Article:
suited for them inside the mines existed. It was directed, however, in the
aforesaid order that as soon as their outside was completed the laborers
should be immediately returned to their respective work inside the mines.
Subsequent events and acts of the officials of the respondent in charge of
the mines have convinced the Court work existed and exists for the men
inside the tunnels and their transfers were made to provide an opportunity
to the company to dispense with their services as soon as the work is
completed. The unwarranted discharges of Haber and nine others and
those of Victoriano Madayag and his forty-four companions amply
demonstrated this conclusion. Upon the company's own admission, as
shown in its reports in the records and upon the findings of the investigator
of the Court, more than four hundred (400)workers of different classes
among them, muckers, miners, timbermen, trammers and capataces
coming from different mines in the region have been employed by the
respondent as fresh laborers. Almost all, if not all, of these men are not
members of the petitioner, the National Laborer Union, Inc. At the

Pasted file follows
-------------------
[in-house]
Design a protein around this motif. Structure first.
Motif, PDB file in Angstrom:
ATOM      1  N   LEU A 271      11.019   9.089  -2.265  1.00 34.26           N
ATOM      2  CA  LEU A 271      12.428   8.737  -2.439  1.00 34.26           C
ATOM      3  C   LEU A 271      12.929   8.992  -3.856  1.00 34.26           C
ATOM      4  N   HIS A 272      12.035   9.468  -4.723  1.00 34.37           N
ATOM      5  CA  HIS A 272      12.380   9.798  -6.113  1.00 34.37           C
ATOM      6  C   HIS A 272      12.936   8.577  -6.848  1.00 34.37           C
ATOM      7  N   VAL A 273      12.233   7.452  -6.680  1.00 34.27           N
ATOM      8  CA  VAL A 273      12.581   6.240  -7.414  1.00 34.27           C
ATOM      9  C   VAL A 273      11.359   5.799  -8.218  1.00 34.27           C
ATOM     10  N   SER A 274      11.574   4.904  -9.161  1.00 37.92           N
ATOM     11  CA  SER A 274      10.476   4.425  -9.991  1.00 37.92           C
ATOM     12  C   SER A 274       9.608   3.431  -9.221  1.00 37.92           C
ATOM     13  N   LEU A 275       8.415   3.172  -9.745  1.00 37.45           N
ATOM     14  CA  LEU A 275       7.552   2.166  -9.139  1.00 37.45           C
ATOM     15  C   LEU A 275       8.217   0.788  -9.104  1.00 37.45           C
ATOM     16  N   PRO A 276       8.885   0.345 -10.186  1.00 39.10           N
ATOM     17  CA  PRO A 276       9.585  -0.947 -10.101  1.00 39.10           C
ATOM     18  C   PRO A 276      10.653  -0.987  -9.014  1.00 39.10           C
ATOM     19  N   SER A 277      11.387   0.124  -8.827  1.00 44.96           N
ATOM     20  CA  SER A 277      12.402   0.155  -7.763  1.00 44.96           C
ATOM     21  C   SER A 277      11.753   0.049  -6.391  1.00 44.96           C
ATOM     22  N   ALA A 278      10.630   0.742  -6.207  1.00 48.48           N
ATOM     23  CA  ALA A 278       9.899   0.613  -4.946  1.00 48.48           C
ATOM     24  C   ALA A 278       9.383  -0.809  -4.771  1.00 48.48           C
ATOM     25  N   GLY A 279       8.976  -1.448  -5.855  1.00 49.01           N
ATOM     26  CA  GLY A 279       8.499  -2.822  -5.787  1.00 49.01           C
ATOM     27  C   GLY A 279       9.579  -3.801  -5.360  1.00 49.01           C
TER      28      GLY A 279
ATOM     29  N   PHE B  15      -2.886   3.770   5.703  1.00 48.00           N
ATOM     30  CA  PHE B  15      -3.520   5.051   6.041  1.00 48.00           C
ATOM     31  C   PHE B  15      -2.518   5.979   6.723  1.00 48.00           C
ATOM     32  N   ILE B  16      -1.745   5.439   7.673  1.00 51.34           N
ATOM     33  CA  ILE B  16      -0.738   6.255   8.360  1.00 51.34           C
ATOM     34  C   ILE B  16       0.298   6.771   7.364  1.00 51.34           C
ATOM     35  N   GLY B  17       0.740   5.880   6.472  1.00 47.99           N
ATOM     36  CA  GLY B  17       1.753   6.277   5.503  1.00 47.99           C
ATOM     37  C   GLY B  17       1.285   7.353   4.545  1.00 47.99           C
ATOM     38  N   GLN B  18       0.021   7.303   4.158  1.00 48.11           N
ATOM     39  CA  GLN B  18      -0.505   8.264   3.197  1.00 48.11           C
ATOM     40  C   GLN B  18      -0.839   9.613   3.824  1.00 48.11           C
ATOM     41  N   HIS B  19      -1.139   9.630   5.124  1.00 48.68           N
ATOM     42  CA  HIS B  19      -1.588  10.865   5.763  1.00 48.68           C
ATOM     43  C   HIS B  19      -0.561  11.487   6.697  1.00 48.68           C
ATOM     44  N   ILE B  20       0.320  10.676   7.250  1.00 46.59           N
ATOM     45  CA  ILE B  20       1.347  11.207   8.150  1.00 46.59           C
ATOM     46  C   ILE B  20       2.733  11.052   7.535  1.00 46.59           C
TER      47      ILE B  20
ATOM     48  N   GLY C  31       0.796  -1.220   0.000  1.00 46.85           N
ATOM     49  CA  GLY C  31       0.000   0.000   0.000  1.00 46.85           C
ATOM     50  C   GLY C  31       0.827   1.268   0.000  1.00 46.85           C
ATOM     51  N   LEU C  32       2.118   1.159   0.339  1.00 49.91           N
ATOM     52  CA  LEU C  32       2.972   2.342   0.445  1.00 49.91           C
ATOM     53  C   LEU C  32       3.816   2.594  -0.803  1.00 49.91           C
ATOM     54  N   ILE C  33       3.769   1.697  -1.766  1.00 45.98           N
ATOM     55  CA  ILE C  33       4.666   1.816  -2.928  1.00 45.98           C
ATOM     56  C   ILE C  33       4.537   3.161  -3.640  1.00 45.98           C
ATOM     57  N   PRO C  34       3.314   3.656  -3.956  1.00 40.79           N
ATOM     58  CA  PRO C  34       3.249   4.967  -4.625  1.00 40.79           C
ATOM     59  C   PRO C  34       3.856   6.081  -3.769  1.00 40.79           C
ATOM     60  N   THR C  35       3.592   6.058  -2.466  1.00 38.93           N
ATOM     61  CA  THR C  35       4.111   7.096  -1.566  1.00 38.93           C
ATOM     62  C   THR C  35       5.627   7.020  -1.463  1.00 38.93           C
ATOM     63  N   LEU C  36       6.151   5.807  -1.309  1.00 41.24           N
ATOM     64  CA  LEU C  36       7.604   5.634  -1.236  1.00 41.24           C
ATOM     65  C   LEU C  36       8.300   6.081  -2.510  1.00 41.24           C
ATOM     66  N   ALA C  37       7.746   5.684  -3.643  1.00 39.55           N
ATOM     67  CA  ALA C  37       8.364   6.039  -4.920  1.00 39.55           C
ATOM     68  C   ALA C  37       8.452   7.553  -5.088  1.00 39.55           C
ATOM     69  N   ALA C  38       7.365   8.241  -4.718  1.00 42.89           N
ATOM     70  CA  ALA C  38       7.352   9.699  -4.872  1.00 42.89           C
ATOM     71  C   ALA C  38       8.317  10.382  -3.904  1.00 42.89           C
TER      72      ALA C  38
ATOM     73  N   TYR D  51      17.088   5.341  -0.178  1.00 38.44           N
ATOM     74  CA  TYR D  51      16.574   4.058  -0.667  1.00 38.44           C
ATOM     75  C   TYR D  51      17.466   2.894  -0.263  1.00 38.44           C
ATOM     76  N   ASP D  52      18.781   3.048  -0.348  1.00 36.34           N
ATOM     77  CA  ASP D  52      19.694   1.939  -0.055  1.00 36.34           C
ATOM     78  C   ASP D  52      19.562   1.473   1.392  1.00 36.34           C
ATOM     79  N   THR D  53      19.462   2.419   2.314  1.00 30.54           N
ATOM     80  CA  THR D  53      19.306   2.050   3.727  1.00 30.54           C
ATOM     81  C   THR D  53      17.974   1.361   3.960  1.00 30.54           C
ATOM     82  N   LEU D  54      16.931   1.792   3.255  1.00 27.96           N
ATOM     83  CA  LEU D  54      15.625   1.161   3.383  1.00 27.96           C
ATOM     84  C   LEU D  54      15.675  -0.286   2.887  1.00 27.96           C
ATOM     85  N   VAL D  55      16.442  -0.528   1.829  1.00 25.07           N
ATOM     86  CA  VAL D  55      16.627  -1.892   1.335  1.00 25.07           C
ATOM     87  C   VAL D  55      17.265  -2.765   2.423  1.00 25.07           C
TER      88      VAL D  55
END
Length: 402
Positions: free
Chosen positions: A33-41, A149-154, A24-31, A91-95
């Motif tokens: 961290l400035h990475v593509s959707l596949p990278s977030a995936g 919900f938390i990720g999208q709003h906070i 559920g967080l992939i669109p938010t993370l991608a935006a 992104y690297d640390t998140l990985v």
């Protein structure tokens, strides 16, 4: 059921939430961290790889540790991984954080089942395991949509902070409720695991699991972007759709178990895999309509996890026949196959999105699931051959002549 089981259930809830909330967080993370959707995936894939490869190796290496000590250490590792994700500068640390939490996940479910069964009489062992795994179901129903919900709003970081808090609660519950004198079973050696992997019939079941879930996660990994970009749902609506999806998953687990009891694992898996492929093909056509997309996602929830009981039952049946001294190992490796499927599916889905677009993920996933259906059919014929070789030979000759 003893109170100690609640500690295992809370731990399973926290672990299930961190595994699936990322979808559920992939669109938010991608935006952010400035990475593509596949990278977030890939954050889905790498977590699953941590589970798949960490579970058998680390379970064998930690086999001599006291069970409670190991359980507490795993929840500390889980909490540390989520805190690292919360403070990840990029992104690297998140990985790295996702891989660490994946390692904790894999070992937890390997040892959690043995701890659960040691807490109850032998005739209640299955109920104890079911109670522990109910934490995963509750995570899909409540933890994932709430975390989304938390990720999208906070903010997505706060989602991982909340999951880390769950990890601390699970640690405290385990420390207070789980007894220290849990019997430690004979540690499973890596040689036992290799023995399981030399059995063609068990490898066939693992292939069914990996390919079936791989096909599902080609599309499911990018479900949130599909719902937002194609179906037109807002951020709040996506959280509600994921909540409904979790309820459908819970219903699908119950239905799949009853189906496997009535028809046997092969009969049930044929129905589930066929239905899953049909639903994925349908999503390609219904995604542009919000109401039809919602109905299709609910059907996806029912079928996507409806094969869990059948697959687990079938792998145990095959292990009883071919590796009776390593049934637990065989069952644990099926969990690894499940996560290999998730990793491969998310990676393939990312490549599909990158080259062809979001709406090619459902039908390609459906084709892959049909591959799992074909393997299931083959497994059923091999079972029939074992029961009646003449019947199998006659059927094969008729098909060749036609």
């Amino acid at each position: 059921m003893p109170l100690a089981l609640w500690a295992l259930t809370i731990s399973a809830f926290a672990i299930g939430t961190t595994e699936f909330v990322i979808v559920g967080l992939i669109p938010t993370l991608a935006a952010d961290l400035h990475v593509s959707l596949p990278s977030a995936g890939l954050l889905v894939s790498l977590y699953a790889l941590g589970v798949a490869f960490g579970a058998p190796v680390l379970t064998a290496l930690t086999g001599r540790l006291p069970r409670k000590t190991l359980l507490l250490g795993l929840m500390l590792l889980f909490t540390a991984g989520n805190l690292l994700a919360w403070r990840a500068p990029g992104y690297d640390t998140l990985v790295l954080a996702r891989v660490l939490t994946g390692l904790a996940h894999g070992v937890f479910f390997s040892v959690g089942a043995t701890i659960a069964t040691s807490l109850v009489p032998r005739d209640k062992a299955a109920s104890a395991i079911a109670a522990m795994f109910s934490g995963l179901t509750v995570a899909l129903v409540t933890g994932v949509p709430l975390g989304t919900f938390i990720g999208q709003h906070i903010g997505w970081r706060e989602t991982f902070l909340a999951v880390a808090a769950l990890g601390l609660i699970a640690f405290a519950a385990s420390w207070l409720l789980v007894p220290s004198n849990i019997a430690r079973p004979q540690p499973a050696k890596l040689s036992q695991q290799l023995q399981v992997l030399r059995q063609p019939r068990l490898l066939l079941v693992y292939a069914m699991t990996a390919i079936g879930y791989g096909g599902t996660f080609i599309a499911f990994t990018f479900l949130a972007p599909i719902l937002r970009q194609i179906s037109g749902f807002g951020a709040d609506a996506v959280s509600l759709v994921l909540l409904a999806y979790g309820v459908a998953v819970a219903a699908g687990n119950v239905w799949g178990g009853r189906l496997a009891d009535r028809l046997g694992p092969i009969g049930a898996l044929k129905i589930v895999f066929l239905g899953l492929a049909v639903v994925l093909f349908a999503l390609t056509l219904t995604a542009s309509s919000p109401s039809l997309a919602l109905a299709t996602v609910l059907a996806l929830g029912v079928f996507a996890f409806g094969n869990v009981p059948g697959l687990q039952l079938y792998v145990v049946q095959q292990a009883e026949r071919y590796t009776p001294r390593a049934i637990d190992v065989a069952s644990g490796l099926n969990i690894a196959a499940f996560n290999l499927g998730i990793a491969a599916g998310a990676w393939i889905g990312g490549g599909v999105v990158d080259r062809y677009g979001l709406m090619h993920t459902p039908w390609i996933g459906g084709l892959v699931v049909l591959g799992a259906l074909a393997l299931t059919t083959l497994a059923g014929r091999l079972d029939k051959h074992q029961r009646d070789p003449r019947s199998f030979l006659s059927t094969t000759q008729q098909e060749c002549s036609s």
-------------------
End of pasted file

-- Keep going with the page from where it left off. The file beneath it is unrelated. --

same time the work in different tunnels and division in the mines
are allegedly being completed, the old workers are being laid off. Although
a small number of the men found transfer to other divisions being operated,
the majority are being left without work. Instead of laying hands on the old
men laid off and making them work in the tunnels needing hands and
reinstating in the tunnel work those laborers transferred to the 'outside'
department, the respondent preferred to take in and hire other workers
coming from different places because evidently they are not members of
theunion. There is no doubt in the mind of the Court that a good number of
the position given of the men who were employed after the strike numbering
more than four hundred to date could have been offered to the strikes who
are now doing work "outside" and other who have been laid off on the
allegation that the underground work in which they were engaged had been
completed. To believe that not a single man or say a few among the latter
could have met the requirements set by the technical men of the company
to perform the different classes of work for which the fresh men were
engaged because they lack the required efficiency, experience,
physique. intelligence and skill of the four hundred fresh laborers
would be shutting the eyes of the court to realities. These men prior to the
occurence of the dispute, had worked for months and many for years in the
mines of the respondent and it can not be easily accepted that their